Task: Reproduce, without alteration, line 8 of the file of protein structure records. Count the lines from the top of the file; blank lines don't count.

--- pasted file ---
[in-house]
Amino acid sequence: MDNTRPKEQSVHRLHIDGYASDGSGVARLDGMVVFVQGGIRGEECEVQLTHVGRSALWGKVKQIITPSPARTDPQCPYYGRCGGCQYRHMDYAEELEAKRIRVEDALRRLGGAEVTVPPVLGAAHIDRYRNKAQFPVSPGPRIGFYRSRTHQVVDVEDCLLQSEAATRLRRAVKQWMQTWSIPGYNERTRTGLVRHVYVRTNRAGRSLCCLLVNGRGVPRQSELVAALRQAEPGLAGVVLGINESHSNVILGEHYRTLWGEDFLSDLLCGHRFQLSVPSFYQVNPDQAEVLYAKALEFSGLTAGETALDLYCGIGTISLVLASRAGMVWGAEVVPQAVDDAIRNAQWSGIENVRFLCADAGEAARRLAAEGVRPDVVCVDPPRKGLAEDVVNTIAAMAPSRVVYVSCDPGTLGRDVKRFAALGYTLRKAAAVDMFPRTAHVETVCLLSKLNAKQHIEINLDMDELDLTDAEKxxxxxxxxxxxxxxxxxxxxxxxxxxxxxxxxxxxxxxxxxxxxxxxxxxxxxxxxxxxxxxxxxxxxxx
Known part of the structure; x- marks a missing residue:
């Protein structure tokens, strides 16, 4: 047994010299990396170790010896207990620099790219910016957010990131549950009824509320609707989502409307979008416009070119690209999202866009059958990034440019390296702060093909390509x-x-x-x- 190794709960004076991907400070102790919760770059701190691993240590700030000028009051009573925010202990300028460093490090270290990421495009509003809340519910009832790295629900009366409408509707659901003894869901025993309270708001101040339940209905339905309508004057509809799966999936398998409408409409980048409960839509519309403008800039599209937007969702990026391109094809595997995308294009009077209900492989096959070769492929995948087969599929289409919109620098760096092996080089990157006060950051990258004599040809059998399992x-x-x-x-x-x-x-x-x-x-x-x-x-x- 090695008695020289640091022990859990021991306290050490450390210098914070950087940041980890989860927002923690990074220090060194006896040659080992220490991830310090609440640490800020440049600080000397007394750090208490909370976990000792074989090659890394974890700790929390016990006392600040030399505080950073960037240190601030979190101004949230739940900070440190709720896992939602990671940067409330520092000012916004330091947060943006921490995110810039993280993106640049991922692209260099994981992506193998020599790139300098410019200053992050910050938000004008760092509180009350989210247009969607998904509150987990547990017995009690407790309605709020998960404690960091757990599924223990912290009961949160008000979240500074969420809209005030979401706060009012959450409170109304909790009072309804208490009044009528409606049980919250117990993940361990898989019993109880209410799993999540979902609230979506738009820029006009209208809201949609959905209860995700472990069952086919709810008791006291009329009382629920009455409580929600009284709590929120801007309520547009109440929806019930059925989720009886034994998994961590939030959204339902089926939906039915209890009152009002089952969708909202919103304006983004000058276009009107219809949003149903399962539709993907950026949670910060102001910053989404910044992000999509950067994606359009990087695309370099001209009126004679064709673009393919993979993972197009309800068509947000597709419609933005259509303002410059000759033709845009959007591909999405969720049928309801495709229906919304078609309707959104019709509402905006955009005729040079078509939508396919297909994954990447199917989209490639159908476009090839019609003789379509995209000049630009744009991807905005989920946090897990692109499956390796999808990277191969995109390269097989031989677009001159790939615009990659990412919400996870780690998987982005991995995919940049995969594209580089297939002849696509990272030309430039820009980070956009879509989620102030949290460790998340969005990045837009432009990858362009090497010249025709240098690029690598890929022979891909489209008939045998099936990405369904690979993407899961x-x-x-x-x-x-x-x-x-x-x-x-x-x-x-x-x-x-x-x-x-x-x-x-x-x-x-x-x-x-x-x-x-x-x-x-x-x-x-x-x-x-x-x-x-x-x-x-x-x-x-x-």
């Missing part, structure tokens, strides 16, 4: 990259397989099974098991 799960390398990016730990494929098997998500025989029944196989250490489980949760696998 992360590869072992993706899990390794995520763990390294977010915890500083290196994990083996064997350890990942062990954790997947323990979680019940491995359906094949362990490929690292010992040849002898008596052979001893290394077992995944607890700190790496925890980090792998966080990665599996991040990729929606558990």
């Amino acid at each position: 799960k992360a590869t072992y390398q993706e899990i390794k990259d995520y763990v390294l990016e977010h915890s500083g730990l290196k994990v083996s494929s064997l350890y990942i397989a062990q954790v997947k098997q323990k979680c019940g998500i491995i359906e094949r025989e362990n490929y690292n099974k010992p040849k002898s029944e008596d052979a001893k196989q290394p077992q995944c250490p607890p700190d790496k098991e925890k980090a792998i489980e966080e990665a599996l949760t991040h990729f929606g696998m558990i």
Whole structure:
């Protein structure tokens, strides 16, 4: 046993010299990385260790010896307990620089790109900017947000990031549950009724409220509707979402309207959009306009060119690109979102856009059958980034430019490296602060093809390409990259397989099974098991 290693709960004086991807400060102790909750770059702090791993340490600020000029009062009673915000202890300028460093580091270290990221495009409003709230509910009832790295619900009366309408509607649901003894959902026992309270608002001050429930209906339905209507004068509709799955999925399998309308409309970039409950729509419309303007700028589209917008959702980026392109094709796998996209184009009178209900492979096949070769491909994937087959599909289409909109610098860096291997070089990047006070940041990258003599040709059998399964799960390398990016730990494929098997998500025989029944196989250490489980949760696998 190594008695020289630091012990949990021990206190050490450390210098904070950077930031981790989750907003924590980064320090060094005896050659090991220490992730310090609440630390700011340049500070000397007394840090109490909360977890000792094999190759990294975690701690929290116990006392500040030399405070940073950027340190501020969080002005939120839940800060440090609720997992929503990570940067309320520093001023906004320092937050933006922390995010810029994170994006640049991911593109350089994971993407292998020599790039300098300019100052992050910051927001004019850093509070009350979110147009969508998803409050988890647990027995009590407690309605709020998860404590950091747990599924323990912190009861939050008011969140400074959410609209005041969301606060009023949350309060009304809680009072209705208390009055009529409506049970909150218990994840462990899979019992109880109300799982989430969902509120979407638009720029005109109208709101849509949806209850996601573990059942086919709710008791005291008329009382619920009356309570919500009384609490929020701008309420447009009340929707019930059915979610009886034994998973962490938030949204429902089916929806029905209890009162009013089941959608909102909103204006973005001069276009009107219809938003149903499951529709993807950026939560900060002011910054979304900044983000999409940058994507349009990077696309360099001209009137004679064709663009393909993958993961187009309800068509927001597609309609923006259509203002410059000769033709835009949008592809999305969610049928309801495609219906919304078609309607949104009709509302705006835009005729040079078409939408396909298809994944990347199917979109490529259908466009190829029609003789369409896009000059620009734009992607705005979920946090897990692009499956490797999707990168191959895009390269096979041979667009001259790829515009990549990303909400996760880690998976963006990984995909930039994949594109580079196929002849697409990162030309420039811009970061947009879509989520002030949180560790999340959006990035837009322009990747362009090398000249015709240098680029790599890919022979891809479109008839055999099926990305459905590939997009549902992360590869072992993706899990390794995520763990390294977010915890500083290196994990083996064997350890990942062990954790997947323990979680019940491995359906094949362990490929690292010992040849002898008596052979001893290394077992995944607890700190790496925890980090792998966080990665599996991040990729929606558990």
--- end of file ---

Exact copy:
């Protein structure tokens, strides 16, 4: 046993010299990385260790010896307990620089790109900017947000990031549950009724409220509707979402309207959009306009060119690109979102856009059958980034430019490296602060093809390409990259397989099974098991 290693709960004086991807400060102790909750770059702090791993340490600020000029009062009673915000202890300028460093580091270290990221495009409003709230509910009832790295619900009366309408509607649901003894959902026992309270608002001050429930209906339905209507004068509709799955999925399998309308409309970039409950729509419309303007700028589209917008959702980026392109094709796998996209184009009178209900492979096949070769491909994937087959599909289409909109610098860096291997070089990047006070940041990258003599040709059998399964799960390398990016730990494929098997998500025989029944196989250490489980949760696998 190594008695020289630091012990949990021990206190050490450390210098904070950077930031981790989750907003924590980064320090060094005896050659090991220490992730310090609440630390700011340049500070000397007394840090109490909360977890000792094999190759990294975690701690929290116990006392500040030399405070940073950027340190501020969080002005939120839940800060440090609720997992929503990570940067309320520093001023906004320092937050933006922390995010810029994170994006640049991911593109350089994971993407292998020599790039300098300019100052992050910051927001004019850093509070009350979110147009969508998803409050988890647990027995009590407690309605709020998860404590950091747990599924323990912190009861939050008011969140400074959410609209005041969301606060009023949350309060009304809680009072209705208390009055009529409506049970909150218990994840462990899979019992109880109300799982989430969902509120979407638009720029005109109208709101849509949806209850996601573990059942086919709710008791005291008329009382619920009356309570919500009384609490929020701008309420447009009340929707019930059915979610009886034994998973962490938030949204429902089916929806029905209890009162009013089941959608909102909103204006973005001069276009009107219809938003149903499951529709993807950026939560900060002011910054979304900044983000999409940058994507349009990077696309360099001209009137004679064709663009393909993958993961187009309800068509927001597609309609923006259509203002410059000769033709835009949008592809999305969610049928309801495609219906919304078609309607949104009709509302705006835009005729040079078409939408396909298809994944990347199917979109490529259908466009190829029609003789369409896009000059620009734009992607705005979920946090897990692009499956490797999707990168191959895009390269096979041979667009001259790829515009990549990303909400996760880690998976963006990984995909930039994949594109580079196929002849697409990162030309420039811009970061947009879509989520002030949180560790999340959006990035837009322009990747362009090398000249015709240098680029790599890919022979891809479109008839055999099926990305459905590939997009549902992360590869072992993706899990390794995520763990390294977010915890500083290196994990083996064997350890990942062990954790997947323990979680019940491995359906094949362990490929690292010992040849002898008596052979001893290394077992995944607890700190790496925890980090792998966080990665599996991040990729929606558990």